Small Batch Bourbons

    Small Batch Bourbons are a composite of different bourbon barrels that are mingled together in limited quantities. Distillers combine different barrels at different ages from various locations in their aging facilities (called rickhouses) to achieve a desired structure. Just like with Single Barrel Bourbon’s, there is technically no definition of a Small Batch Bourbon, and a small batch can be anywhere from 2 to 200 200 barrels. To achieve the same quality found in each bottle of Maker’s Mark, the company follows a specific formula that uses “approximately 1,000 gallons or less (20 barrels) from a mash bill of around 200 bushels of grain”.

    Makers Mark, Michter’s US #1 Small Batch Bourbon, and Hirsch Small Batch Reserve are three of the best and most widely available Small Batch Bourbons out there. Heaven Hill’s Elijah Craig 12-Year-Old Small Batch uses around 50 barrels to get that perfect balance of vanilla and dried fruit, while Jefferson’s uses 200 – 300 barrels for their small batch collection to achieve an unparalleled smoothness.

  5. Still frame


Carrot cake and a bourbon line-up: Grandma Bow’s 90th birthday.


    Carrot cake and a bourbon line-up: Grandma Bow’s 90th birthday.

    Notes: 12 notes

    Reblogged from: rouxby

    Tags: birthday maker's mark photos

  6. Writing on the coaster

    Gift a Whiskey Drinker: a Maker’s Mark cigar

    [Start with an excellent bottle of bourbon, sure, but make it worthwhile. HERE you’ll find some clever tsotchkes & knickknacks that will become indispensable to the whiskey enthusiast.]


    Back in ’69, some refined cigar aficionados put several bourbons to the task of pairing well with a fine  cigar. Of Maker’s Mark, the editor wrote: “The solidly medium-bodied Maker’s shows orange, vanilla and caramel flavor, with a sweetness informed by molasses and maple sugar. The woody finish is zesty and effervescent. The light Macanudo faltered next to the bourbon, but the other three cigars made a very impressive pairing with Maker’s. The Padrón tasted even sweeter in that context, the Monty balanced well, and the Fuente seemed more leathery and full-bodied.” 

    Nearly half a century later, that experience has been condensed into one single unit: the Maker’s Mark cigar. The long-leaf tobacco hails from the Dominican Republic, where I then believe it is infused with a late summer Kentucky breeze on a hillside.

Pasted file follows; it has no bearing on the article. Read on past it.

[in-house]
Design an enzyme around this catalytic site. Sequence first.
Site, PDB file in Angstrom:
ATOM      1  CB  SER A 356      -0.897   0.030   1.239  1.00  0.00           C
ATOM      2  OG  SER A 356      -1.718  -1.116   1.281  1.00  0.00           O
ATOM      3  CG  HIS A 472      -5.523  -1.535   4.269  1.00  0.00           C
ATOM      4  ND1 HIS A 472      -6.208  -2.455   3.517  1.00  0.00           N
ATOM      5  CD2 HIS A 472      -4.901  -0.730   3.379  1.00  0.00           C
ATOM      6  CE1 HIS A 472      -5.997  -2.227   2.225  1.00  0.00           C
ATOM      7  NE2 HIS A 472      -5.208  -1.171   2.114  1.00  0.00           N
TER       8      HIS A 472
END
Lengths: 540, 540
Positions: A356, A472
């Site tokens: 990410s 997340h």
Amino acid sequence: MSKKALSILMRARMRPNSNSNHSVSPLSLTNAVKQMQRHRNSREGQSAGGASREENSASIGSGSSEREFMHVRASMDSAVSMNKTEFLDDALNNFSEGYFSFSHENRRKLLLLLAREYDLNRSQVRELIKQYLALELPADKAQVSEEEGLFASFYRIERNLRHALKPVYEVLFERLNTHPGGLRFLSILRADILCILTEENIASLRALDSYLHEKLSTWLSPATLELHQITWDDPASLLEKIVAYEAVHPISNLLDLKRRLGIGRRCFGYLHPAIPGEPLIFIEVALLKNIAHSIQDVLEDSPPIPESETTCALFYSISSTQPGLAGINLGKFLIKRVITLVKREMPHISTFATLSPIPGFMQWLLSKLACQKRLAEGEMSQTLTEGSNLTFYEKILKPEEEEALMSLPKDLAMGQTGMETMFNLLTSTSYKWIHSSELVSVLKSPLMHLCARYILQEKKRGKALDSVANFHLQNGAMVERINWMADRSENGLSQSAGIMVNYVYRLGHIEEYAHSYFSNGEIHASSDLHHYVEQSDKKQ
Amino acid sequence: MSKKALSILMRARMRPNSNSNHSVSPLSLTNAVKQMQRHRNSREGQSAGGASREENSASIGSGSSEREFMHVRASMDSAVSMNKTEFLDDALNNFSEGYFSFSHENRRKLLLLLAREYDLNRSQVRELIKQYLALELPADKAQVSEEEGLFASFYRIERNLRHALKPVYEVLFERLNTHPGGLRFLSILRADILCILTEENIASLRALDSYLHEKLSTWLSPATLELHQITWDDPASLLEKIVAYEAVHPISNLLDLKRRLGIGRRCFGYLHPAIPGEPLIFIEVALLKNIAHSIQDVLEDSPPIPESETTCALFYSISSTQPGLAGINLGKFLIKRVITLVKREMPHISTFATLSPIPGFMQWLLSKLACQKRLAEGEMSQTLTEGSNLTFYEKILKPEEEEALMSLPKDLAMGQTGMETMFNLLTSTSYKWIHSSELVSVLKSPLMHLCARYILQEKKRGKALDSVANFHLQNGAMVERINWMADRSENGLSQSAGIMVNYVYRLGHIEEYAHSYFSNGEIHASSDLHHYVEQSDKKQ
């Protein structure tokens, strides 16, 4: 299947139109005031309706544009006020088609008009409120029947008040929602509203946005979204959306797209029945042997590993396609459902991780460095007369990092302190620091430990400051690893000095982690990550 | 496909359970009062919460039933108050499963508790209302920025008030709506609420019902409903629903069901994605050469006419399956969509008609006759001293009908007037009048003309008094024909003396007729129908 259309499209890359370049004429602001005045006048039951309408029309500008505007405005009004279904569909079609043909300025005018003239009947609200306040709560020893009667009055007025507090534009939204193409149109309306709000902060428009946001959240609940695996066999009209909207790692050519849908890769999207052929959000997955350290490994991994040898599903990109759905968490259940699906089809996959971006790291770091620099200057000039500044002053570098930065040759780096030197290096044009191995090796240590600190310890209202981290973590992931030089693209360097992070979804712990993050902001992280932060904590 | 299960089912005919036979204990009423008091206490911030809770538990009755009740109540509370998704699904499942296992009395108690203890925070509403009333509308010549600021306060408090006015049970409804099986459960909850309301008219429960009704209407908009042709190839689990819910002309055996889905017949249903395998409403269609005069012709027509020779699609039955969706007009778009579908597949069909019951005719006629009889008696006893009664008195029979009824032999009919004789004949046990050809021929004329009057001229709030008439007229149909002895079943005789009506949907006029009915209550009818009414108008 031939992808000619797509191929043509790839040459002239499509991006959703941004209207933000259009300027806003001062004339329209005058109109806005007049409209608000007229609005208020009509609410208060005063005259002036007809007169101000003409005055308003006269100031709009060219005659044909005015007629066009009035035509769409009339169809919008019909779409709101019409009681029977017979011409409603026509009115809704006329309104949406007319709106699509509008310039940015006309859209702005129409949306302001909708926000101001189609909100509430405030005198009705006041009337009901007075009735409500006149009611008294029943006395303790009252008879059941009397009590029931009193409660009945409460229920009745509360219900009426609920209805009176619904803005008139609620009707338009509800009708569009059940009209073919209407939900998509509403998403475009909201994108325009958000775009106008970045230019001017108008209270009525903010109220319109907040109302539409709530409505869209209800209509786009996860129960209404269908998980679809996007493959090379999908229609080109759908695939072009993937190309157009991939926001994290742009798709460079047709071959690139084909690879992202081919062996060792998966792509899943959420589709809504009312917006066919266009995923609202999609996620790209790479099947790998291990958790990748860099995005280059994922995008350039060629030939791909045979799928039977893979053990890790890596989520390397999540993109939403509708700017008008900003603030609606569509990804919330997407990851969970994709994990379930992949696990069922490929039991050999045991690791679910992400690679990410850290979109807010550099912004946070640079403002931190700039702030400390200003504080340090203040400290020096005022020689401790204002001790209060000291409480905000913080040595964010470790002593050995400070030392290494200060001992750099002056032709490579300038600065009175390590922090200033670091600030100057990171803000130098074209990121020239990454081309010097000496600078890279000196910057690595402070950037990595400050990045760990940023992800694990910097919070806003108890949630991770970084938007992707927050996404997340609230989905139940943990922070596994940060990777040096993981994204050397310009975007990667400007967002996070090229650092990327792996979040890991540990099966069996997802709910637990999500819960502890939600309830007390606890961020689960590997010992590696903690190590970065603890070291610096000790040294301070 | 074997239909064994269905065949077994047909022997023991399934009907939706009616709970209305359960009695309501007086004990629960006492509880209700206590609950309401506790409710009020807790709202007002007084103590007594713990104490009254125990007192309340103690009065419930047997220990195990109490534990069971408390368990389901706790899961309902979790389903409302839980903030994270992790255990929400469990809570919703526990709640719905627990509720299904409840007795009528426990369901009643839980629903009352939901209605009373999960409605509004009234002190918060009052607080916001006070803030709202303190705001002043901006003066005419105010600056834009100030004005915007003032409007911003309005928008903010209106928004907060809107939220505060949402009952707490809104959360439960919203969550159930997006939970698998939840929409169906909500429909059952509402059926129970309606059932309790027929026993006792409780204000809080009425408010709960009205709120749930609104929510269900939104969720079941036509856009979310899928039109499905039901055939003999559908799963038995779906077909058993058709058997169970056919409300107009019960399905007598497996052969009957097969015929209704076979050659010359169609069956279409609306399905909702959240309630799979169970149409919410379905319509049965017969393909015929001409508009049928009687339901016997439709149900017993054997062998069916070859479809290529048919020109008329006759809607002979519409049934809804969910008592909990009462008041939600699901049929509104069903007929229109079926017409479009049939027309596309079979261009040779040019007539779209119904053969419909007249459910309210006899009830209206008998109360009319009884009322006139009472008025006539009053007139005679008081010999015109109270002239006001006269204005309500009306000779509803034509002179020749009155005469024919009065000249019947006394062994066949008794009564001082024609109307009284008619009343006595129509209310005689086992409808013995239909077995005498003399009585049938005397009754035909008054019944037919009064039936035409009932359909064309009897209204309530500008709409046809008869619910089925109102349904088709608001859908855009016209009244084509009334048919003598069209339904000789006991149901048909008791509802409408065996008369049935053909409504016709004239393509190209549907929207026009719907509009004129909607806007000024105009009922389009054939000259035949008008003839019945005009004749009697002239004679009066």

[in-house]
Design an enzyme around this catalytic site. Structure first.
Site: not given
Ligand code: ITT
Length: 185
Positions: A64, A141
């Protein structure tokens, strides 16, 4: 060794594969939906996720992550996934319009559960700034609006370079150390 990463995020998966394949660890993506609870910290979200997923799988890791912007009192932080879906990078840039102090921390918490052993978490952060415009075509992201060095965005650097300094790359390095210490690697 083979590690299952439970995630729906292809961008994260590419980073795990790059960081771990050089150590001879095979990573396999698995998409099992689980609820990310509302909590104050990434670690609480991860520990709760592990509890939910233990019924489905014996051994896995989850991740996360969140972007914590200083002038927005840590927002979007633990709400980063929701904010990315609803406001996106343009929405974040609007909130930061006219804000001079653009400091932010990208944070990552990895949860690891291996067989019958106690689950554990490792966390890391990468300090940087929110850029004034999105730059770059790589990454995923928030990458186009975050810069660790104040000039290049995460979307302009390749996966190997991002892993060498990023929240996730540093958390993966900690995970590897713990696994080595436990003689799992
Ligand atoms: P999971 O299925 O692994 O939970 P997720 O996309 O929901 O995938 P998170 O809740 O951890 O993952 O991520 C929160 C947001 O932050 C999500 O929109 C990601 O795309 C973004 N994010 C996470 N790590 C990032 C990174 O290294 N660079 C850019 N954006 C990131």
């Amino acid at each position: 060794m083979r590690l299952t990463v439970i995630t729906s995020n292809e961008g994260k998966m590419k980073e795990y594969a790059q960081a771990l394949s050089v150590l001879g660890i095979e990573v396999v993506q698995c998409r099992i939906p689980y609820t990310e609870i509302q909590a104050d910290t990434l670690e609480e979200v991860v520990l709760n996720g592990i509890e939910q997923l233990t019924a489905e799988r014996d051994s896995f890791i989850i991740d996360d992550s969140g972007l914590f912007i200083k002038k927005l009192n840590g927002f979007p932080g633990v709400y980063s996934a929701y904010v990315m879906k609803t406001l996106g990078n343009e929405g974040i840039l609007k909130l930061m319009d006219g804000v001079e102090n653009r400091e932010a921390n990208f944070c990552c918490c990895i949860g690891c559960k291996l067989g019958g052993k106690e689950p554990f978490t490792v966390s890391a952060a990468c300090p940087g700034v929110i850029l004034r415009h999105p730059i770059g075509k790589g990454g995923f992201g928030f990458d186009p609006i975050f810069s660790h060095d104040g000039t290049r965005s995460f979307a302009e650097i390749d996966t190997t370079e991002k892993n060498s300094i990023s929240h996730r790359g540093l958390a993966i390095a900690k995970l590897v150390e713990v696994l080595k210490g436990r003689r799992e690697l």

7. Writing on the coaster

    Charm A Whiskey Girl // I


    Bypass the Maker’s Mark. Every man in America seems to have it in his mind that a glass of Maker’s on the rocks is a surefire way to win a heart, or at least a conversation; it is not well, nor Beam, nor a gamble. It sure seems expensive enough to impress. Listen, Maker’s requires neither the thought nor the palette sufficient to rouse a whiskey girl. A Maker’s Manhattan has only become standard due to alliteration, not taste. Sorry Maker’s! You’re alright but there’s certainly better. 

    Survey the selection. Nearly every bar nowadays stocks a bottle of Bulleit, and perhaps also a Bulleit Rye. A Bulleit on the rocks is the simplest path to success — it’s smooth and subtle and strong. That glass of “frontier whiskey” is Americana and simplicity and also, a high alcohol content. Other easily available options: a Knob Creek is what you meant to order when you eyed the Maker’s, and try it chilled; an Eagle Rare is smooth enough to appease even an unseasoned whiskey drinker; a Basil Hayden carries a name recognition with a flavor that easily validates it. 

    [More whiskey charming counsel this way.]

  8. Still frame

    From Cocktails: Neat, a photo series by Peter Olson. 

    From Cocktails: Neat, a photo series by Peter Olson